Life hacks for the flacks

  • Published: 08 November 2014,
  • The Say Team

Life hacks. A new name for an old phenomenon – simple tips and tricks which make the everyday easier, but which you’d probably never have thought up by yourself. Like using a pencil to re-spool an un-wound cassette tape rather than your finger.*

The internet is teeming with these – Buzzfeed posts hacks almost every day, but they’re mainly aimed at home life rather than work life, and I couldn’t find any which would be really helpful to the PR industry. So, we thought we’d put together a couple of suggestions which might help us flacks out. Here they are, in no particular order:

Any program/application: Windows key + D

An oldie but a goodie – hold the windows key on your keyboard (to the left the spacebar next to ALT) and tap the D key. One tap brings you to the desktop with all windows minimised. A second brings all your windows back up on screen. Often used to ensure plausible deniability of Facebook browsing during work time, or to close sensitive materials if a client is in the office.

PowerPoint: SHIFT + F5

This switches between normal viewing mode and slideshow mode. Handy when presenting on a big screen which may be some way away from you, as finding and clicking the tiny slideshow button with a mouse from distance can be a real pain.

PowerPoint: B and W

In slideshow mode (SHIFT + F5 to activate) pressing B makes the screen black (press again to undo) and W makes the screen white. This can be handy for keeping your audience’s attention on you rather than your slides if you want to make a particularly pertinent point without the distraction of your lovely slides holding attention in the background.

Outlook (email): Right click and drag links

Send links to files in emails rather than the files themselves to people inside your agency – it cuts down on large attachments which are the bane of every inbox, and helps with version control. Save a document, then go to where you saved it, right click on it and drag it into an email. Let go of right click and a link to the file will be pasted in your email.

Any program/application: Caps to non-caps with SHIFT + F3

THE INTERNET HAS A LOT TO ANSWER FOR, DEADLINES AT WORK AND INSTANT MESSAGING MADE US TYPE FAST, AND OFTEN ONLY REALISE HALF way through a sentence that CAPS LOCK was on. But who has time to re-type? SHIFT + F3 to the rescue. Highlight the text you want to un-capitalise, hold SHIFT and tap F3 to paste all caps text in lower case, or tap again for lower case with caps on the first letters of words, or tap again to go back to full shouty caps. It’s a godsend.


Excel: Paste data horizontally rather than vertically or vice versa

Want to paste data from a list of horizontal cells vertically? Copy them, right click where you want to paste them, scroll down the paste special menu and click transpose. Horizontal list becomes vertically laid out, or vice versa.

Excel: Concatenate

The process for this is too complicated to describe here, but fear not, Excel will talk you through it. Just start typing concatenate into the formula box and you’ll be given a step by step guide. Essentially what concatenate does is combine text from two or more columns into a single column. Example: Column A contains the text John. Column B contains the text Smith. Concatenate the two columns and column C will contain the text John Smith. This is invaluable for mail merges or pulling names from raw survey spreadsheets or databases, as anyone who’s had to copy and paste a thousand names from Firstname/Surname boxes knows only too well.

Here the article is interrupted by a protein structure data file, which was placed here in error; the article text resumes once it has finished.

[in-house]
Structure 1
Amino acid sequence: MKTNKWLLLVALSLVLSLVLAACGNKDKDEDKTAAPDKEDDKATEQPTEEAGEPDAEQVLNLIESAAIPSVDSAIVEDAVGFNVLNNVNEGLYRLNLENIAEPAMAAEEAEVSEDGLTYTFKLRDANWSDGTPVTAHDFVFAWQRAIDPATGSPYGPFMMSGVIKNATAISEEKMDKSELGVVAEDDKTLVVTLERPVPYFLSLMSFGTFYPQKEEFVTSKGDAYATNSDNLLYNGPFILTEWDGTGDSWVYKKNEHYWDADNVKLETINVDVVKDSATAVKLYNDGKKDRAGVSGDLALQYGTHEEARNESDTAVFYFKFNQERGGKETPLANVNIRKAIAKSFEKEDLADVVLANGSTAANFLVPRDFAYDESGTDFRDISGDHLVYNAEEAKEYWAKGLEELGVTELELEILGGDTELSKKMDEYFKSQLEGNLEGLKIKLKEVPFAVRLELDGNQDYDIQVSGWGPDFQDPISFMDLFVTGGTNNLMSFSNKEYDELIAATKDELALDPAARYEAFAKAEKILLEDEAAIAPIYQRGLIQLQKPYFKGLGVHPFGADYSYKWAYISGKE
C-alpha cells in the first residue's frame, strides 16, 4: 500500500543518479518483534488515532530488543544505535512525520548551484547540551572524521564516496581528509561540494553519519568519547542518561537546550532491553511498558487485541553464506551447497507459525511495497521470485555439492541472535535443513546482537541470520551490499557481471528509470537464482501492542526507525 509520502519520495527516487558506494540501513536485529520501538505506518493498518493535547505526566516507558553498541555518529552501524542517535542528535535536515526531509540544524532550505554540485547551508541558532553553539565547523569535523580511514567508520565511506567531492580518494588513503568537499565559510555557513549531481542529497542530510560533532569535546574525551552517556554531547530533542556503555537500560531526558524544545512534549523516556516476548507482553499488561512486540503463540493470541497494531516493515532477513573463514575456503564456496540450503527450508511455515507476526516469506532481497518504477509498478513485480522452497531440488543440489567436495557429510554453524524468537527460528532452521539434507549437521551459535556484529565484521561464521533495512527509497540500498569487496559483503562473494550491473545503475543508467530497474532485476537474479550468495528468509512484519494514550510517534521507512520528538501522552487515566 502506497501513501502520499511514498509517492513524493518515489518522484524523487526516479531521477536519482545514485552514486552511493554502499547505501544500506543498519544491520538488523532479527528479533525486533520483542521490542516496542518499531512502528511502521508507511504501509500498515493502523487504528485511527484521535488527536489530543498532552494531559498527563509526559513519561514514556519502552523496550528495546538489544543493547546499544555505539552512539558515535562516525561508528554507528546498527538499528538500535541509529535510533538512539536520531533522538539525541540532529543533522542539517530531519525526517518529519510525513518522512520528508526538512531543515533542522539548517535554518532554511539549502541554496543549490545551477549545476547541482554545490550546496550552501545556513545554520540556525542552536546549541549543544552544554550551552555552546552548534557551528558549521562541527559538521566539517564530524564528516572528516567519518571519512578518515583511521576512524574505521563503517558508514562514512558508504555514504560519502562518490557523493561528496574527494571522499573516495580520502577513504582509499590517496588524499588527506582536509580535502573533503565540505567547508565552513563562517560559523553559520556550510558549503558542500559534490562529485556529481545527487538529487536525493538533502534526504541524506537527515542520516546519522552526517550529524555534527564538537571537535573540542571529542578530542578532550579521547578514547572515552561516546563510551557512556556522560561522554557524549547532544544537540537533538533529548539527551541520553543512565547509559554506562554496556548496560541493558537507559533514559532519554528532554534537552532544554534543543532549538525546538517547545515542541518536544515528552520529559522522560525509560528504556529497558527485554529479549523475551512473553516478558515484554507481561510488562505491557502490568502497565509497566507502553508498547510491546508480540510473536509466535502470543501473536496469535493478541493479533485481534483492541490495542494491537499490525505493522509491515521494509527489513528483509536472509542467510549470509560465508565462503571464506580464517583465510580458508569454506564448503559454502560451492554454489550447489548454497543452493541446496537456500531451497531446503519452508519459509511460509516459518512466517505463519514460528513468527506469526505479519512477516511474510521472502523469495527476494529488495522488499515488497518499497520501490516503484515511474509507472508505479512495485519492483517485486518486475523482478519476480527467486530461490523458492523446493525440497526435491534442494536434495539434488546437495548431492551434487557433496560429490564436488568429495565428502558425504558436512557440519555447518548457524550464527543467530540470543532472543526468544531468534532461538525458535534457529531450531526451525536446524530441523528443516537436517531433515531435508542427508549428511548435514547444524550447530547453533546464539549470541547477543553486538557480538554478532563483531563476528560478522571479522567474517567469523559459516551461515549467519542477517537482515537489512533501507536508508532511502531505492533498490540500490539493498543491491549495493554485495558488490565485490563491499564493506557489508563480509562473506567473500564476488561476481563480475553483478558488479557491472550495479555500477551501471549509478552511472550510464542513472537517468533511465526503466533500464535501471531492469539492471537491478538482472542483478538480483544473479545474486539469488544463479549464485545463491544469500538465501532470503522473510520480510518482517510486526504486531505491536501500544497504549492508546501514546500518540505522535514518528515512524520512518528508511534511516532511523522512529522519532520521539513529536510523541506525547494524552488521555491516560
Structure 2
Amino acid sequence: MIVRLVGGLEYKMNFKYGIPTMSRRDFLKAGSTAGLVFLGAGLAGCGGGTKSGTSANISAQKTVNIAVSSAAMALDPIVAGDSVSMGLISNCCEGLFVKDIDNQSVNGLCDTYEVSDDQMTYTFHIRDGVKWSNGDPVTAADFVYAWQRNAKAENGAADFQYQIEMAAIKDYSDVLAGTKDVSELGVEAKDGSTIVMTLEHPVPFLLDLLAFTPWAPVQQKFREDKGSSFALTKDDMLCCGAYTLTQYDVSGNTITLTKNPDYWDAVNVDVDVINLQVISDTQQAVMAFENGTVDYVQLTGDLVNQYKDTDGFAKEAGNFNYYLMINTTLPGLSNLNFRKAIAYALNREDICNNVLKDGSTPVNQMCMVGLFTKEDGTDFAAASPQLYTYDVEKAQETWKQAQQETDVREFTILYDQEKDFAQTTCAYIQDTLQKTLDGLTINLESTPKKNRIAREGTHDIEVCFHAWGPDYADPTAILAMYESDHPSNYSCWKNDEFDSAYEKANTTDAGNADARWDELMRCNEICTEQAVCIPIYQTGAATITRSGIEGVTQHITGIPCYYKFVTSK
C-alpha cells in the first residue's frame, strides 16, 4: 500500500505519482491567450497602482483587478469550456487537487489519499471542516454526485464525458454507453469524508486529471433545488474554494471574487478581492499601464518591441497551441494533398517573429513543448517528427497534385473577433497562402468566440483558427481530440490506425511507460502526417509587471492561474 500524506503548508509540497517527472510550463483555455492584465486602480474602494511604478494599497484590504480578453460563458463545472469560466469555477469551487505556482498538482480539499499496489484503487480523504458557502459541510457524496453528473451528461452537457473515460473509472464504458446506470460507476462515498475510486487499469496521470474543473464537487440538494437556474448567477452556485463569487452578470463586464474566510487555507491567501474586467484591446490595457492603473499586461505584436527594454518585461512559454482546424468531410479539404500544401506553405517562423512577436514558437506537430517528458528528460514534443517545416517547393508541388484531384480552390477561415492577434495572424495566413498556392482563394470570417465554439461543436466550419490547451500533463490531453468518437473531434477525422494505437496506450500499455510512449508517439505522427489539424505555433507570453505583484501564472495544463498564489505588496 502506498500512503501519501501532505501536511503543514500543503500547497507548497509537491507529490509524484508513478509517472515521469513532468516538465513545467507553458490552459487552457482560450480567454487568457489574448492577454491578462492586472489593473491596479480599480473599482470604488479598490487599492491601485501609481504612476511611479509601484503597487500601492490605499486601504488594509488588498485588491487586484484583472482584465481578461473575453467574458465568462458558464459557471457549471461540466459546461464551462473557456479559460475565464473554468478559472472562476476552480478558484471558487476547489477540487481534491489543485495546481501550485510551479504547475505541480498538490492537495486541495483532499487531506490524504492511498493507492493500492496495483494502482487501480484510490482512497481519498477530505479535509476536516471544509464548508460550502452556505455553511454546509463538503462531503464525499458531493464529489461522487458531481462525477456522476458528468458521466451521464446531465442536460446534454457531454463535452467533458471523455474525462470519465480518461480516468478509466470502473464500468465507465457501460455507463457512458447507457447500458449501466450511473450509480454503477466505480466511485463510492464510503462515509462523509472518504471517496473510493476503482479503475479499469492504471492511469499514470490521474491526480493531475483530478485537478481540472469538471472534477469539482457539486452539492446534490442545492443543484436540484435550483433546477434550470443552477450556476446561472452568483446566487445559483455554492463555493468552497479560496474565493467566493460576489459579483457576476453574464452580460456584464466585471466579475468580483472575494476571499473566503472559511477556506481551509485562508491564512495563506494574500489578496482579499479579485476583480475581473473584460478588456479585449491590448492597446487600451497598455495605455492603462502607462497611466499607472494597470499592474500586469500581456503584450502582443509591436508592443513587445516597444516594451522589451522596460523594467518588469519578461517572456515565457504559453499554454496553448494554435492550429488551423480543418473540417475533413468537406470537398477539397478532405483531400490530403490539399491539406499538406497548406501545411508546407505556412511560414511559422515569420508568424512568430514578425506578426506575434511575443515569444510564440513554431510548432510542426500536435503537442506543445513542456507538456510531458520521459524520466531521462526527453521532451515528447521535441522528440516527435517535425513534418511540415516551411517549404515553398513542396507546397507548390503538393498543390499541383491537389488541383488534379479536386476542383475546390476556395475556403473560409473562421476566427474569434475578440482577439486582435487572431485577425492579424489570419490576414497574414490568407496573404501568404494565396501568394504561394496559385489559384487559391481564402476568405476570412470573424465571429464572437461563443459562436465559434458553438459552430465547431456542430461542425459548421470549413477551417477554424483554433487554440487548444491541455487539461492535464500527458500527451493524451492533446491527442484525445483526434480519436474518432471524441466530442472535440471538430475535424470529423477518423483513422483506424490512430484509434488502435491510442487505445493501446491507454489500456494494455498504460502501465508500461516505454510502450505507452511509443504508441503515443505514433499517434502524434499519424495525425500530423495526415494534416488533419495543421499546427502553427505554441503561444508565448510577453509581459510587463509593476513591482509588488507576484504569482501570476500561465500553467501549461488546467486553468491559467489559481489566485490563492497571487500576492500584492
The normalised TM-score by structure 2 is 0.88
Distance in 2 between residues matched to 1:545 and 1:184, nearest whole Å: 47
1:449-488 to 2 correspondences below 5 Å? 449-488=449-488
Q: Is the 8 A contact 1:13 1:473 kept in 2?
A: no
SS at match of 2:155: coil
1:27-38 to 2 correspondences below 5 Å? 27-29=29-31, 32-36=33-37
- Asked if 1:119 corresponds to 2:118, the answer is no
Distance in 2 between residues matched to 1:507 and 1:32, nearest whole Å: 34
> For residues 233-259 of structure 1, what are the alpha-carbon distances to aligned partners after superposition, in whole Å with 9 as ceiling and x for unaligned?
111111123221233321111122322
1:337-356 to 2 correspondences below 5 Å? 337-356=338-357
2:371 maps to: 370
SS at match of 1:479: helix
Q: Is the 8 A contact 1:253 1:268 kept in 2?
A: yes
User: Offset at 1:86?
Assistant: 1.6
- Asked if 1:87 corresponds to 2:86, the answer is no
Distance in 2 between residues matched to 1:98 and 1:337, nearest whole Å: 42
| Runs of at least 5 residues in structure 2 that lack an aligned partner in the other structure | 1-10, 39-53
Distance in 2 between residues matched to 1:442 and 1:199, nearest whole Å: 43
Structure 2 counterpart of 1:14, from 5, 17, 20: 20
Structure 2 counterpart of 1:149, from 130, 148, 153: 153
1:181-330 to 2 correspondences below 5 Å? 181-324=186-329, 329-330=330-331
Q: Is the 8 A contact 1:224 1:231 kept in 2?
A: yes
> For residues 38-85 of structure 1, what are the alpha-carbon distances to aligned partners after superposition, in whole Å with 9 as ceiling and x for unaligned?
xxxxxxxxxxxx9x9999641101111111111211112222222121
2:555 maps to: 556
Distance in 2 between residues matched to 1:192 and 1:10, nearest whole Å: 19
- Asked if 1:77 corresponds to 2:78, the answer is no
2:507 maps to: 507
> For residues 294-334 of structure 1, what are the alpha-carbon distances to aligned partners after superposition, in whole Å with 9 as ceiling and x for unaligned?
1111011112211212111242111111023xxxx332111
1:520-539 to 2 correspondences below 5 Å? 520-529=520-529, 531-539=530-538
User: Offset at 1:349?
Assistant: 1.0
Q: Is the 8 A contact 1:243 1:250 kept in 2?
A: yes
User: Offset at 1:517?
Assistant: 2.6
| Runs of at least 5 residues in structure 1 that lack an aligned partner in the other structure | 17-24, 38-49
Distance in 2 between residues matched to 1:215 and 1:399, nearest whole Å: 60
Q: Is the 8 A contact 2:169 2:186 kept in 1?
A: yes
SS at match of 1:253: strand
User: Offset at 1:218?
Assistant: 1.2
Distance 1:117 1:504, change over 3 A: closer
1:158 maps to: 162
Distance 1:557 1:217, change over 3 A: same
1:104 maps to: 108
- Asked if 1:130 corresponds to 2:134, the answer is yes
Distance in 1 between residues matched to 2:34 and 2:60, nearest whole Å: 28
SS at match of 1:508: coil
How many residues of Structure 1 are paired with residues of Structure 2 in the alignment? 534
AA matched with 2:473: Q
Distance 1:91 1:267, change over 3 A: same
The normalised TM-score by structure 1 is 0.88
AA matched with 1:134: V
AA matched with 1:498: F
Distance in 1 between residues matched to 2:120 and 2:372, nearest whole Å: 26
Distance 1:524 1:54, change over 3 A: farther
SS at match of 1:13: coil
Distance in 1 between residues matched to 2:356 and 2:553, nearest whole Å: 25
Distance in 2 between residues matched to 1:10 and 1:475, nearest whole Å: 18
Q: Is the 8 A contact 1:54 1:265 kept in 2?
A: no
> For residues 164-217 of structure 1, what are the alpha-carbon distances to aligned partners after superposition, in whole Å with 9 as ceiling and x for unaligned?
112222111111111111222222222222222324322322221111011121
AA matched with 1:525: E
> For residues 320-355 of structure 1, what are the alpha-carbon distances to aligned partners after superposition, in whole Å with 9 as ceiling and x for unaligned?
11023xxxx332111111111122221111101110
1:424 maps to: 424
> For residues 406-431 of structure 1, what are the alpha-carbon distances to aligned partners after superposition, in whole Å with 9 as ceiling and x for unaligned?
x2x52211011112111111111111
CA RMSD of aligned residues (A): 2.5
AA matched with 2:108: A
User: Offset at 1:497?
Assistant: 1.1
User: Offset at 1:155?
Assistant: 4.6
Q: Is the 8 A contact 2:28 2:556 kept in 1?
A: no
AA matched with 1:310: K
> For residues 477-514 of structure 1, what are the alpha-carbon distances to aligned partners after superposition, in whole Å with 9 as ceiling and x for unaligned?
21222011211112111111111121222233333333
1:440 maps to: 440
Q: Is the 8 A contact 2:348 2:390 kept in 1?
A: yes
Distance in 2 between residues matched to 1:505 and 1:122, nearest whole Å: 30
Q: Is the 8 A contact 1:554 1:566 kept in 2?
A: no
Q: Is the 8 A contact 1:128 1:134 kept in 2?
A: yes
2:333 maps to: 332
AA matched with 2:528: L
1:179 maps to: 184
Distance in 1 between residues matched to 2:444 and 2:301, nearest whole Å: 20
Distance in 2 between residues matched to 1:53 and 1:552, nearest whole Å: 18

Almost any programme: CTRL and mouse wheel to zoom

This one’s underused, mainly because it can be fiddly to get your screen back to the exact right level of zoom as you originally had, but for viewing large documents it’s really handy. Hold CTRL and scroll your mousewheel down to zoom in, and up to zoom out.

Almost any programme: TAB and SHIFT + TAB

It seems that most keyboard commands have a direct opposite (i.e. to reverse them) and that opposite is usually accessed using the SHIFT key. Tapping TAB on its own will scroll you through fields in a document, whilst holding SHIFT and tapping TAB with move you backwards through these fields. Really great for navigating around forms, or emails.

Fast scrolling through text with CTRL

The noise of someone in your pod tapping a key hundreds of times to scroll through text is soul destroying. We have to edit a lot of copy in our industry, so being able to navigate through it quickly and easily is important (as is avoiding RSI in your fingers). Hold CTRL and tap the left or right key on the keypad – each tap till take your cursor one word back in the copy, rather than one character without using CTRL. Holding SHIFT at the same time allows you to highlight words as you navigate – handy for cutting and pasting.

Word: Page break with SHIFT + ENTER

If you want to move text to the next page on a word doc, put your cursor on the line above the text you want to move, hold CTRL and click ENTER. Word will move all subsequent text to the next page. This saves pressing ENTER 100 times to move text down to the bottom of the page.

Internet browser: SPACE or SHIFT+SPACE

Tap SPACE to scroll down on a webpage, but watch out – a little tap goes a long way. Scroll back upwards with SHIFT + SPACE.

These are the shortcuts I use the most in my day-to-day work and/or when presenting. Feel free to add your own in the comments section.


Authored by Neil


*Youngsters, you may have to Google the cassette tape thing

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